Kirk was brought to Memphis to be the head basketball coach of the
Memphis State University Tigers men's basketball team in 1979. He took a team that
winning enough for the fan base and turned it into a city-wide cause for excitement. In doing so, he became a city-wide celebrity and a legend in his own time. His tenure ended with an investigation by the National Collegiate Athletic Association and, eventually, criminal charges. Kirk died February 15, 2010, in Memphis of a heart attack at the age of 74.
Although Kirk was accused, and spent a few months in prison, of income tax evasion and obstruction of justice, those who were involved with the Memphis State athletic program say he certainly could coach. He had a winning record of 158 wins and only 58 losses while at the helm of the Tigers. In 1985, he lead his team to the "Final Four" semi-final round of the national college basketball tournament, losing to the team that would become the national champions. In just a couple years coming to Memphis, he had the team playing so well it was ranked first in the nation, the first time that had ever happened for a Memphis State basketball team. His MSU teams went to the NCAA tournament 5 times and was named Metro Conference Coach of the Year for the 1983-84 season and Basketball Weekly's Coach of the Year for the '81-82 season.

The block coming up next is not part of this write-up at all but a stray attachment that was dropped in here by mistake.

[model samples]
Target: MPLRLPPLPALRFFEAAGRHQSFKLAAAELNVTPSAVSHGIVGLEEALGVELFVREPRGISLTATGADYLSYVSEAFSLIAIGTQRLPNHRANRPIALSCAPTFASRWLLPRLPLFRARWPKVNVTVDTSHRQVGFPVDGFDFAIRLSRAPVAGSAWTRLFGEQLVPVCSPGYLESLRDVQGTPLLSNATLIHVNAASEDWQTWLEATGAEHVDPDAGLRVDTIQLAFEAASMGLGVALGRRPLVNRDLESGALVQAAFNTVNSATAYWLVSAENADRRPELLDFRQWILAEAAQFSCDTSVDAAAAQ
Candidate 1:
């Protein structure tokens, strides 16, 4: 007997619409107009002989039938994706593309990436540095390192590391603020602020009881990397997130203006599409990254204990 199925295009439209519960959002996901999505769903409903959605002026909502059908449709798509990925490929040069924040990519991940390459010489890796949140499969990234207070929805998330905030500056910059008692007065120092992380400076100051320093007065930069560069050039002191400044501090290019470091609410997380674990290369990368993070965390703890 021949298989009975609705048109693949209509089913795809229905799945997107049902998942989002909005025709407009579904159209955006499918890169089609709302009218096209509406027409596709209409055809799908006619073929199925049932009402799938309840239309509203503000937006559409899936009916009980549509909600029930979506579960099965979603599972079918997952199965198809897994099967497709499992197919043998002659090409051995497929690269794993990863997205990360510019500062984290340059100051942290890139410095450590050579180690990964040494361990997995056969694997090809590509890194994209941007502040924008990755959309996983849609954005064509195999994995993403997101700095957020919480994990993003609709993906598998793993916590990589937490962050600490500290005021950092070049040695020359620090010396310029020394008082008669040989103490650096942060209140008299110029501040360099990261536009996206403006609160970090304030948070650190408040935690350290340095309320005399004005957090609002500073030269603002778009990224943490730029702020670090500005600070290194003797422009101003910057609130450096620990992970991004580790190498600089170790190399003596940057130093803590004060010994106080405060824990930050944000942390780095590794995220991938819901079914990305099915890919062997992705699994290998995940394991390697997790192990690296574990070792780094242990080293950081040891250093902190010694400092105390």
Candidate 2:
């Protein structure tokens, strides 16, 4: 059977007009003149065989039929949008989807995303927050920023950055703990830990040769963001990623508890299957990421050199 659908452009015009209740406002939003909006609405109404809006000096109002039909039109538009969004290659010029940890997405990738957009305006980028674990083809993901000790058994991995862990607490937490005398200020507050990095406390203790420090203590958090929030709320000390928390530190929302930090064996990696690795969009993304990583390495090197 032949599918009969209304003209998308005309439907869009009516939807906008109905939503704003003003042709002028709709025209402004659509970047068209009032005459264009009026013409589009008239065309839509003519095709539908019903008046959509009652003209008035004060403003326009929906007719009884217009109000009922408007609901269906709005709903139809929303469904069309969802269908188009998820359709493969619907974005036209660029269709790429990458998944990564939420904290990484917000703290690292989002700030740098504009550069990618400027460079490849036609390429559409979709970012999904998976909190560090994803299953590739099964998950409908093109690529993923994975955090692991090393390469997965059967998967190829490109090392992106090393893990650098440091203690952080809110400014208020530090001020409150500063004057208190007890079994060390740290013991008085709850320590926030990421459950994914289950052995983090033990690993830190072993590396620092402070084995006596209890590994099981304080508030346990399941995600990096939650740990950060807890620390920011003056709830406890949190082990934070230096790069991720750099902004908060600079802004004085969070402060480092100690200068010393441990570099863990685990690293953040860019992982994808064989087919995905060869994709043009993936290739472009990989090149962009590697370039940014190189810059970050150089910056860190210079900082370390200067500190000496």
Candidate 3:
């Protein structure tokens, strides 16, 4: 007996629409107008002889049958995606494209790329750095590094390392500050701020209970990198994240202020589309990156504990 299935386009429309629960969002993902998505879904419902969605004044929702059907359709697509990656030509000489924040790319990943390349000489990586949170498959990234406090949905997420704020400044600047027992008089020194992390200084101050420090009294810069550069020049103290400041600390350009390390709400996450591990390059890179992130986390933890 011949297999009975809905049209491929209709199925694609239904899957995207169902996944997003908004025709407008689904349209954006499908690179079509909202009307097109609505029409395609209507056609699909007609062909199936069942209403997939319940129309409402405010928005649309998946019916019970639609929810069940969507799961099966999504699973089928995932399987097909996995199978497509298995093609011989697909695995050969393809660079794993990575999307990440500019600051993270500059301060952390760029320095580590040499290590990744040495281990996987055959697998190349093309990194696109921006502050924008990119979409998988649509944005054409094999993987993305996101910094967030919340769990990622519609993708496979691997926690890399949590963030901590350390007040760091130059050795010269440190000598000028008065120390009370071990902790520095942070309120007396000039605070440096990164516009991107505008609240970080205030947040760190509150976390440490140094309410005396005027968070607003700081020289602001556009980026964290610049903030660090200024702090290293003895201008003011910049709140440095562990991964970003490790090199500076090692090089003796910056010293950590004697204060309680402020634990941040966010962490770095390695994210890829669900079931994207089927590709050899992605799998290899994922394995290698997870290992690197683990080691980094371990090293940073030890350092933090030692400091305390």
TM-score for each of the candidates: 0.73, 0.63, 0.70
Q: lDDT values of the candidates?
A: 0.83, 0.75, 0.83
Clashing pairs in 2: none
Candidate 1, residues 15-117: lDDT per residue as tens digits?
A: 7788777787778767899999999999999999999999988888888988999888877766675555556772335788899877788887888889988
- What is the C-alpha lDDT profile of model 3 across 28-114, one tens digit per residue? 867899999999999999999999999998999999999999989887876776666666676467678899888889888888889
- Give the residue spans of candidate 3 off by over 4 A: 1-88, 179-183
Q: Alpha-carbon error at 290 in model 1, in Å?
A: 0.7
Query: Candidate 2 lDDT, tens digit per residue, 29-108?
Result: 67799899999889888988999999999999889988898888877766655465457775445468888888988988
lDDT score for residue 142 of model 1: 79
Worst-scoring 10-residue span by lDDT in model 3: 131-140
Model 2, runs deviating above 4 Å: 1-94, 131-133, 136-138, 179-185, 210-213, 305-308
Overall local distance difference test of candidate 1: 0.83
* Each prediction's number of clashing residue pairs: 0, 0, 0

"He loved his players," said Greg Moore, who played for Kirk from 1979-82. "He really did."1
Allegations against Kirk included taking kickbacks from sponsors of various events and giving cash payments to a star player. The NCAA vacated the team's Final Four appearance in the 1985 tournament and Kirk spent 4 months in a federal prison on the tax charges.
After his firing in 1986, Kirk never coached college basketball again. Still, he remained a resident of the Memphis area and a fan of the Memphis basketball team.
1. Quoted from The Commercial Appeal, February 20, 2010.